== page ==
Root canal treatment is needed when the blood or nerve supply of the tooth (known as the pulp) is infected through decay or injury. If the pulp becomes infected it may spread through the root canal system of the tooth eventually causing an abscess. The aim of root canal treatment is to clean and sterilize the canal to remove the bacteria which is the source of the infection. The pulp is then sealed up and the tooth is restored with a filling or a crown.

The main advantage of root canal treatment is that you get to keep your own tooth rather than have it extracted. Patients can be anxious about the prospect of having root canal treatment carried out but the majority are very surprised at how straight forward and painless root canal treatment is. 

FAQs

What is root canal treatment?

Root canal treatment is needed when the blood or nerve supply of the tooth (known as the pulp) is infected through decay or injury. If the pulp becomes infected it may spread through the root canal system of the tooth eventually causing an abscess.

What does root canal treatment involve?

The tooth is numbed and cleaned using special instruments in combination with antibacterial medicines. Once the tooth is cleaned and dried it is sealed and filled to prevent re-infection of the tooth.

Do I need always need a crown on the tooth following a root canal treatment?

Root canal treatment weakens teeth as you have to hollow out the tooth to access the internal chamber of the tooth which is known as the pulp. This is where the blood vessels and nerves are located.  Posterior teeth are more likely to fracture after root canal treatment if they are not crowned. One study quoted that posterior teeth are six times more likely to be lost if they are not crowned following root canal treatment.

Anterior teeth can generally be filled with white filling material after root canal treatment unless there is not enough tooth left.

Are there any risks associated with root canal treatment?

With any medical or dental procedure there are risks and complications that can happen. We have broken this down into expected, common and rare below.

Expected complications

  • Numbness lasting a few hours as a result of the local anaesthetic.
  • Discomfort will often occur after the anaesthetic has worn off. A number of patients have no discomfort but about 60% of patients require some analgesics such as paracetamol or ibuprofen. A very small number of patients (<10%) have post-operative pain which is more severe and lasts more than 5 days. If this is the case please contact your dentist.

Common risks and complications

  • Weakening of the tooth being treated meaning it might require further work in the future such as a crown, to strengthen it.
  • Darkening of the tooth.
  • Inability to locate, clean and seal all parts of the root canal resulting in failure to remove all pain and/or infection. In some cases, even if the treatment is done to a high standard, the infection will not resolve. The anatomy of the tooth may be complex or some patients do not heal as well as others in general. The success rate of root canal treatment is often quoted at around 90% but if the treatment is unsuccessful it may necessitate the need for further treatment such as apical surgery or removal of the tooth.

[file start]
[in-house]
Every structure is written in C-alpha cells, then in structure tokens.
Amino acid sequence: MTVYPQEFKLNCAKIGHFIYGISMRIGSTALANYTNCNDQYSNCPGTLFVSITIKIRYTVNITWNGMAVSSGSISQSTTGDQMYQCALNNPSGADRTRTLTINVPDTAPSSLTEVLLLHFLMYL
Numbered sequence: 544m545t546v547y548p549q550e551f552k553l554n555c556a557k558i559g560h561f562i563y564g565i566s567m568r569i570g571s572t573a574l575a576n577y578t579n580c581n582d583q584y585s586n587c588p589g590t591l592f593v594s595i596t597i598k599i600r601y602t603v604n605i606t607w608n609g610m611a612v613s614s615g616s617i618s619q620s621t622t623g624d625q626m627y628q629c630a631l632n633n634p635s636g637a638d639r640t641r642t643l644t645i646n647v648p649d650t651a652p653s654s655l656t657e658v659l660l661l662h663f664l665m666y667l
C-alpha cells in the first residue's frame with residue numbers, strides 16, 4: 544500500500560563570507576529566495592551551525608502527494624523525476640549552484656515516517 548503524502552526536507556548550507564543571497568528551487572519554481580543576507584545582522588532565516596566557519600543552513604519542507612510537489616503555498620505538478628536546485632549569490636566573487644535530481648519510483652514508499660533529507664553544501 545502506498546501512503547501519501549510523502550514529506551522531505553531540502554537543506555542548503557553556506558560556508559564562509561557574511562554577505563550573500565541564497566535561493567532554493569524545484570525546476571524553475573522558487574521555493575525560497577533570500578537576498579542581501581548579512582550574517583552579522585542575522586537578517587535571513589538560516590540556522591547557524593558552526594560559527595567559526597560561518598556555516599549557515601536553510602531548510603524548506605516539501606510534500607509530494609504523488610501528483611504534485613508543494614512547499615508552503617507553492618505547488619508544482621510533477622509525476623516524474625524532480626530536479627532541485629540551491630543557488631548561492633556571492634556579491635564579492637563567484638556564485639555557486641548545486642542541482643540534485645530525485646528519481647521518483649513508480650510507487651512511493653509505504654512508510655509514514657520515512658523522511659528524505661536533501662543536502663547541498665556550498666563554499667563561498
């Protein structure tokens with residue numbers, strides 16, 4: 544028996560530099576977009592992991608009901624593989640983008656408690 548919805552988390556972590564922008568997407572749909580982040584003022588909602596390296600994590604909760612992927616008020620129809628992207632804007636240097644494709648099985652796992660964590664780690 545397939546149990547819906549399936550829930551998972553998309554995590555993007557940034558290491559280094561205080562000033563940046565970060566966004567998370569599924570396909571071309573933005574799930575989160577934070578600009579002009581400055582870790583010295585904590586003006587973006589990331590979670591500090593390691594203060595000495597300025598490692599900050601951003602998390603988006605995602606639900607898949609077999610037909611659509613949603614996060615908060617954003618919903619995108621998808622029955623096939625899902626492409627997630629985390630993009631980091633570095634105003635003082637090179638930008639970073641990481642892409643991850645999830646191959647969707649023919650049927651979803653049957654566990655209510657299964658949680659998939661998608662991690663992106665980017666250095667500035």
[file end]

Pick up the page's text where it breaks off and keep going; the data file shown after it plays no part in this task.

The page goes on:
Rare risks and complications

  • Fracture of the tooth resulting in extraction being required.
  • Separation (fracture) of an instrument within the tooth – the instruments used within the canals can fracture, especially if the anatomy of the root is narrow and/or curved. If the canal was cleaned out prior to the fracture occurring often there is no effect on the outcome. If the fractured instrument blocks the cleaning then it may need to be bypassed or removed to allow cleaning of the canal to be finished, which may require referral to a specialist. A fractured instrument is an obstruction but it does not in itself cause disease.
  • Perforation – if a canal cannot be located then a hole might accidentally be made in the floor or root of the tooth by a dental instrument. This is called a perforation and can often be repaired using a modern cement. If it cannot be repaired the tooth will require extraction.
  • Trauma to tissues underneath the tooth including bone, sinus, nerves supplying other teeth etc. This can be caused by one of the irrigants or medicaments used during the procedure.
  • Allergic reaction to something used during the procedure.
What are the risks of not having root canal treatment?

There is a high risk of further pain and infection from the affected tooth. This infection can cause swelling and can spread to other parts of the body, potentially becoming life-threatening in some cases.

Are there any alternatives to root canal treatment?

The only alternative option to root canal treatment to remove infection is to have the tooth extracted. This will leave a space which can be left or filled with either a denture, bridge or implant.

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